The Labour Party had been delaying the selection of a candidate in the Tamaki Makaurau electorate in the hope that Shane Taurima would be cleared of wrong-doing at TVNZ.
He wasn’t which left them with no choice but to disallow his nomination.
The former TVNZ manager and presenter was forced to resign from the broadcaster because of his involvement in Labour party campaigning.
The party’s ruling body met last night and decided not to grant a waiver to Mr Taurima, meaning his nomination cannot go ahead.
Mr Taurima needed the waiver because he’d been a party member for less than a year when he was nominated for the seat. . .
The report into his conduct found no bias but it did find misuse of his employer’s resources.
An independent review has found the former General Manager of TVNZ’s Maori and Pacific Programmes department did misuse company resources for political activities with the Labour Party.
But the panel cleared Shane Taurima of any political bias in his interviews and the editorial content he produced for TVNZ programmes. . . .
In the full report released today , the panel said it scrutinised Mr Taurima’s first interview with National MP Paula Bennett on TVNZ’s Q + A programme in March 2012 in particular, after critics claimed he “browbeat the Minister”.
Mr Taurima said the interview was not his best work, but the panel found “it did not show evidence of bias”.
The panel also said the three other staffers involved had an “extremely limited ability to influence editorial content” and there was no evidence they had tried to do so.
‘Inappropriate use of resources’
The panel did find that TVNZ resources “were used inappropriately” for Labour Party political purposes by Mr Taurima and three members of his staff – none of whom are still employed by TVNZ.
The panel said the “financial cost was negligible but, aside from this, it should not have happened.”
The panel cited an instance where TVNZ funds were used to transport a TVNZ staff member to a meeting at Mr Taurima’s house “to establish two Labour Party branches”. The panel said it recommends TVNZ seek reimbursement for this expense.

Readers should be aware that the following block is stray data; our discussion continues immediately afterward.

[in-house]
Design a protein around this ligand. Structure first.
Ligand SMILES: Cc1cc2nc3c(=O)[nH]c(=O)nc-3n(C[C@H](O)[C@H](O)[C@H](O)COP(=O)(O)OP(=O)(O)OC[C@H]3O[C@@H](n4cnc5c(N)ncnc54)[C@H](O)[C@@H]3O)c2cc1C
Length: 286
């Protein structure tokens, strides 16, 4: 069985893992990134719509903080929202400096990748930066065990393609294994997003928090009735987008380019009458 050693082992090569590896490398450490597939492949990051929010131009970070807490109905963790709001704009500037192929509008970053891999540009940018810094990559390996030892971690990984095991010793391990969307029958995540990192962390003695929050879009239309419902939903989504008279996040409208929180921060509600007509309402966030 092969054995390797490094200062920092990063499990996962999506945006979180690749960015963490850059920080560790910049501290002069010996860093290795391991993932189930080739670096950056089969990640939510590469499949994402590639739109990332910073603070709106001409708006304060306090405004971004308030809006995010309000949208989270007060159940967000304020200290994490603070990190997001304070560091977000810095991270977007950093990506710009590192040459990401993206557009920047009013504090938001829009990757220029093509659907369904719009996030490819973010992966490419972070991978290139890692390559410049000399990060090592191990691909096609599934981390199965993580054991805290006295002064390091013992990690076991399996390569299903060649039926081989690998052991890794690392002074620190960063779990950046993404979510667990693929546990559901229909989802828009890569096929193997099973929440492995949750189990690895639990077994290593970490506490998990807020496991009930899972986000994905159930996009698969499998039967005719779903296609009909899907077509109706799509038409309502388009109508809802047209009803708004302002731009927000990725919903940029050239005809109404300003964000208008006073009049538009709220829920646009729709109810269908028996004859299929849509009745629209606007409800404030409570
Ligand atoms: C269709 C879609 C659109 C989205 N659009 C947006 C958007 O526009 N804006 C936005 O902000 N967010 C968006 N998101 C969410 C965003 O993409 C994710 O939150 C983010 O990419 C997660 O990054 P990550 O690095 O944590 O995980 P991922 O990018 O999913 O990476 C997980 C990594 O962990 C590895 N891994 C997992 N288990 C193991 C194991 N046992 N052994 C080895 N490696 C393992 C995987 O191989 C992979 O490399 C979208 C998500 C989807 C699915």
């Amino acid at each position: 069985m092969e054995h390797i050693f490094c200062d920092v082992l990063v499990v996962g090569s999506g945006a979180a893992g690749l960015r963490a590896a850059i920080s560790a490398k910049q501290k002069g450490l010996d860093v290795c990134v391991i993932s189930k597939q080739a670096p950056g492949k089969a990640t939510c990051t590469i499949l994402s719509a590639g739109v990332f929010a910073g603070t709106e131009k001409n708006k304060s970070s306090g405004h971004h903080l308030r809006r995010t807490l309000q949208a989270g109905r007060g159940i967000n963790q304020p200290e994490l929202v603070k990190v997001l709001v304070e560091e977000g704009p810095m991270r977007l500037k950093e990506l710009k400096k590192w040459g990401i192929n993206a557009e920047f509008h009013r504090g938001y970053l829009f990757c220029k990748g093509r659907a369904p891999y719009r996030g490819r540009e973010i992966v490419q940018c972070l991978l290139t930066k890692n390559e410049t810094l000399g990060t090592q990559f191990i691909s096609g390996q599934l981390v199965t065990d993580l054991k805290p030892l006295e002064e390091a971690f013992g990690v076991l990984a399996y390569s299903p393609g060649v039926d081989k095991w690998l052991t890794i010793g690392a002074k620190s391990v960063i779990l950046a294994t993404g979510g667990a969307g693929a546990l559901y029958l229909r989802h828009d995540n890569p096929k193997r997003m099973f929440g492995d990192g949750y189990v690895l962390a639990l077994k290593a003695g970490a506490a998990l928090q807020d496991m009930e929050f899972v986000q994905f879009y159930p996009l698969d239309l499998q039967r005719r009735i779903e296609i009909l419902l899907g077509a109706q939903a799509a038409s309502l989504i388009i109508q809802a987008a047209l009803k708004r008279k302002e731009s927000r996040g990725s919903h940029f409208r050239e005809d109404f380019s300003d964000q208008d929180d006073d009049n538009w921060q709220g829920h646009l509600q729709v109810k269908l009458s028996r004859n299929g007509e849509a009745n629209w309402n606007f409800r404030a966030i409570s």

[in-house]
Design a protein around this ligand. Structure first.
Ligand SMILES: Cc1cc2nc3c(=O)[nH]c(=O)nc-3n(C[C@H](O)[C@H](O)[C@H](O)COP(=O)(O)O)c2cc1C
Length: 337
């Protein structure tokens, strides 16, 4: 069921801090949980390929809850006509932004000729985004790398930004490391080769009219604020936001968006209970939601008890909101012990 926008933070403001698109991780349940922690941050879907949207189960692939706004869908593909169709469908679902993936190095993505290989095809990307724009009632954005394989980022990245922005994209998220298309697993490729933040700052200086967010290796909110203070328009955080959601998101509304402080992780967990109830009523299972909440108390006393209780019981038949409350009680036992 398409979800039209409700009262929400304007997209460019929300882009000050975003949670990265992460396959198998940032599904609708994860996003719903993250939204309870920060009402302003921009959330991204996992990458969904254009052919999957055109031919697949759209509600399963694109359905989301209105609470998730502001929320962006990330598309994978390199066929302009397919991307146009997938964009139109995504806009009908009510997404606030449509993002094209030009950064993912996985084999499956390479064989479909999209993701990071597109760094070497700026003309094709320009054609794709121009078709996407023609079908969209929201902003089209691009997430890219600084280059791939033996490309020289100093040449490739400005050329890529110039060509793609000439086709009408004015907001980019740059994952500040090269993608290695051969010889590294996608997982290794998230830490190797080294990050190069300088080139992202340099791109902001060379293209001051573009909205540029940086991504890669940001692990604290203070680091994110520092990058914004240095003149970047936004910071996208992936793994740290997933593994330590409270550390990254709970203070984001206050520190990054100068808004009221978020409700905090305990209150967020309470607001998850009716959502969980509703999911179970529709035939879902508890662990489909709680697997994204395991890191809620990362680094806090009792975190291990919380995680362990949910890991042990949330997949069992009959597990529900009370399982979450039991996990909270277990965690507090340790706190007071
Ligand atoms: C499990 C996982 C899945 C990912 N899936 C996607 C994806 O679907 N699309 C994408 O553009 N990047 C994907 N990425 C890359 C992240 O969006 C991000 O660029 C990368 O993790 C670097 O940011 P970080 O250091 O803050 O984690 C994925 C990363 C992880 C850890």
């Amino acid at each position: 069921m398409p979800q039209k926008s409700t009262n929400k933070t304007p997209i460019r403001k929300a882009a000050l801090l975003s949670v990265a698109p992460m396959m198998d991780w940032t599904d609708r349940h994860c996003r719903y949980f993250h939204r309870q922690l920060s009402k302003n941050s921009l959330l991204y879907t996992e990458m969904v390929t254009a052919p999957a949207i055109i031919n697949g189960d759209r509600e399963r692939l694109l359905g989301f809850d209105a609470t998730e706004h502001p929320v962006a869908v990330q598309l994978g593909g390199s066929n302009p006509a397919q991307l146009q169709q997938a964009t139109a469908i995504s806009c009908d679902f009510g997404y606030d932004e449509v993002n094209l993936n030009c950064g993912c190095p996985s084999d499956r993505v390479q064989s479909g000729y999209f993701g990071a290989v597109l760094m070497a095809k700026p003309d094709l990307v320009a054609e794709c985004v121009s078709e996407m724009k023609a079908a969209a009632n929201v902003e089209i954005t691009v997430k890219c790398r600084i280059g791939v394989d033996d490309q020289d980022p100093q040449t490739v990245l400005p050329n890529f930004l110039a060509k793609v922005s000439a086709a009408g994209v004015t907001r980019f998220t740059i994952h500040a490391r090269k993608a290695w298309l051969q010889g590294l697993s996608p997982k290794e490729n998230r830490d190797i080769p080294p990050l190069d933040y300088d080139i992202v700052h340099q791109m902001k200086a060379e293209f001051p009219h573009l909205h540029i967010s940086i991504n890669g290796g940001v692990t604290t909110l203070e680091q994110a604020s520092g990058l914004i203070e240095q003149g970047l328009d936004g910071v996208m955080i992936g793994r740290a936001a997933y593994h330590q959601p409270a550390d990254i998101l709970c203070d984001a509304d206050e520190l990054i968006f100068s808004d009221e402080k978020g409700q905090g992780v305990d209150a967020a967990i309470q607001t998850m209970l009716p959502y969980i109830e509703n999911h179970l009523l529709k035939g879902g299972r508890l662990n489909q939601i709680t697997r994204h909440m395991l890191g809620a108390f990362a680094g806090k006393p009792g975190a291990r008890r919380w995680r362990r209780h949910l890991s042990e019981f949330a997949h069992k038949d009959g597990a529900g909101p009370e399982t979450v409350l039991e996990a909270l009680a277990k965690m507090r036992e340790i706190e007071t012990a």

Mr Kenrick says: “What happened was completely unacceptable. It’s an absolute necessity for our News and Current Affairs service to operate free from political influence.” . .
The sum of money might not be large but the blatant misuse of employer’s money in that way would be bad enough in itself.
That is was for political purposes when the employer is a a state broadcaster is far worse.
. . . Mr Kenrick says he accepts “that there were shortcomings in our management of Shane when he returned to TVNZ, and that won’t happen again.”
He says the company already has a number of checks and balances in place to protect the integrity of news coverage. But he says TVNZ will immediately take steps to tighten internal protocols, as recommended, to protect the editorial independence of its news.
The report has identified roles in TVNZ’s News and Current Affairs division where the review panel believes political party membership and active support for a political party is untenable. These are roles that carry significant editorial influence and include political reporters, senior content producers, editors and news managers, and the Chief Executive as Editor in Chief.
“We won’t be asking our staff to tell us who they vote for. But we think it’s reasonable to ask anyone who reports, edits or produces political content to be upfront with us if they’re a member of a political party. Anyone who creates news content for TVNZ should disclose any political activity beyond passive party membership,” Mr Kenrick says. . .
Freedom of association is important but so to is balance and fairness in a state broadcaster.
Active membership in a political party would give the perception of bias – whether or not it was real – and that is untenable.